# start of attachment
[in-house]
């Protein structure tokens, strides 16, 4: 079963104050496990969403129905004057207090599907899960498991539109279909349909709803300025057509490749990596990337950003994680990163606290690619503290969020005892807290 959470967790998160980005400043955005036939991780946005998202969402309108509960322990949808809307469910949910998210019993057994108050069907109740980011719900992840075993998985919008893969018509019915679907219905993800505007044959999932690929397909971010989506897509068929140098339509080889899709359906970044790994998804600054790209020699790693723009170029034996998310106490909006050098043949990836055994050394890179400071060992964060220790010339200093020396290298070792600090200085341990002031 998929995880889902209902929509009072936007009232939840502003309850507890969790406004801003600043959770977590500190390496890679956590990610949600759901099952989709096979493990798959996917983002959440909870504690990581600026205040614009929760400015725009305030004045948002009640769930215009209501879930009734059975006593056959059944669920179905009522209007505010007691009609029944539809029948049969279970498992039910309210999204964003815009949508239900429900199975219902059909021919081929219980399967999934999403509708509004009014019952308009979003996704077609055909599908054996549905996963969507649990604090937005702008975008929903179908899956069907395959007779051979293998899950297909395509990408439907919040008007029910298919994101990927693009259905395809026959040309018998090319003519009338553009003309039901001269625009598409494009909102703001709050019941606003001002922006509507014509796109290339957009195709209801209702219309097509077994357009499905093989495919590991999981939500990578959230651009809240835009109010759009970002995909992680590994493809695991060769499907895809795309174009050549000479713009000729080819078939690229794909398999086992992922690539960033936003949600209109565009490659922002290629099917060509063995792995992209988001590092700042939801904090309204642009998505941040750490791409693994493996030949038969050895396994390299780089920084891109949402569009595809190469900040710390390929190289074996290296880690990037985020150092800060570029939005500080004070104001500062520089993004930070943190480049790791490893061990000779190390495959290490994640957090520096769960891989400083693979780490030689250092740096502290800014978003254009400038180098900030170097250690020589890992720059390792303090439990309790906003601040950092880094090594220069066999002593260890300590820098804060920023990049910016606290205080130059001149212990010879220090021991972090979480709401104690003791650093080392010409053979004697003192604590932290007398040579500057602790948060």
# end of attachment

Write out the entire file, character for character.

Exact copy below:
[in-house]
């Protein structure tokens, strides 16, 4: 079963104050496990969403129905004057207090599907899960498991539109279909349909709803300025057509490749990596990337950003994680990163606290690619503290969020005892807290 959470967790998160980005400043955005036939991780946005998202969402309108509960322990949808809307469910949910998210019993057994108050069907109740980011719900992840075993998985919008893969018509019915679907219905993800505007044959999932690929397909971010989506897509068929140098339509080889899709359906970044790994998804600054790209020699790693723009170029034996998310106490909006050098043949990836055994050394890179400071060992964060220790010339200093020396290298070792600090200085341990002031 998929995880889902209902929509009072936007009232939840502003309850507890969790406004801003600043959770977590500190390496890679956590990610949600759901099952989709096979493990798959996917983002959440909870504690990581600026205040614009929760400015725009305030004045948002009640769930215009209501879930009734059975006593056959059944669920179905009522209007505010007691009609029944539809029948049969279970498992039910309210999204964003815009949508239900429900199975219902059909021919081929219980399967999934999403509708509004009014019952308009979003996704077609055909599908054996549905996963969507649990604090937005702008975008929903179908899956069907395959007779051979293998899950297909395509990408439907919040008007029910298919994101990927693009259905395809026959040309018998090319003519009338553009003309039901001269625009598409494009909102703001709050019941606003001002922006509507014509796109290339957009195709209801209702219309097509077994357009499905093989495919590991999981939500990578959230651009809240835009109010759009970002995909992680590994493809695991060769499907895809795309174009050549000479713009000729080819078939690229794909398999086992992922690539960033936003949600209109565009490659922002290629099917060509063995792995992209988001590092700042939801904090309204642009998505941040750490791409693994493996030949038969050895396994390299780089920084891109949402569009595809190469900040710390390929190289074996290296880690990037985020150092800060570029939005500080004070104001500062520089993004930070943190480049790791490893061990000779190390495959290490994640957090520096769960891989400083693979780490030689250092740096502290800014978003254009400038180098900030170097250690020589890992720059390792303090439990309790906003601040950092880094090594220069066999002593260890300590820098804060920023990049910016606290205080130059001149212990010879220090021991972090979480709401104690003791650093080392010409053979004697003192604590932290007398040579500057602790948060």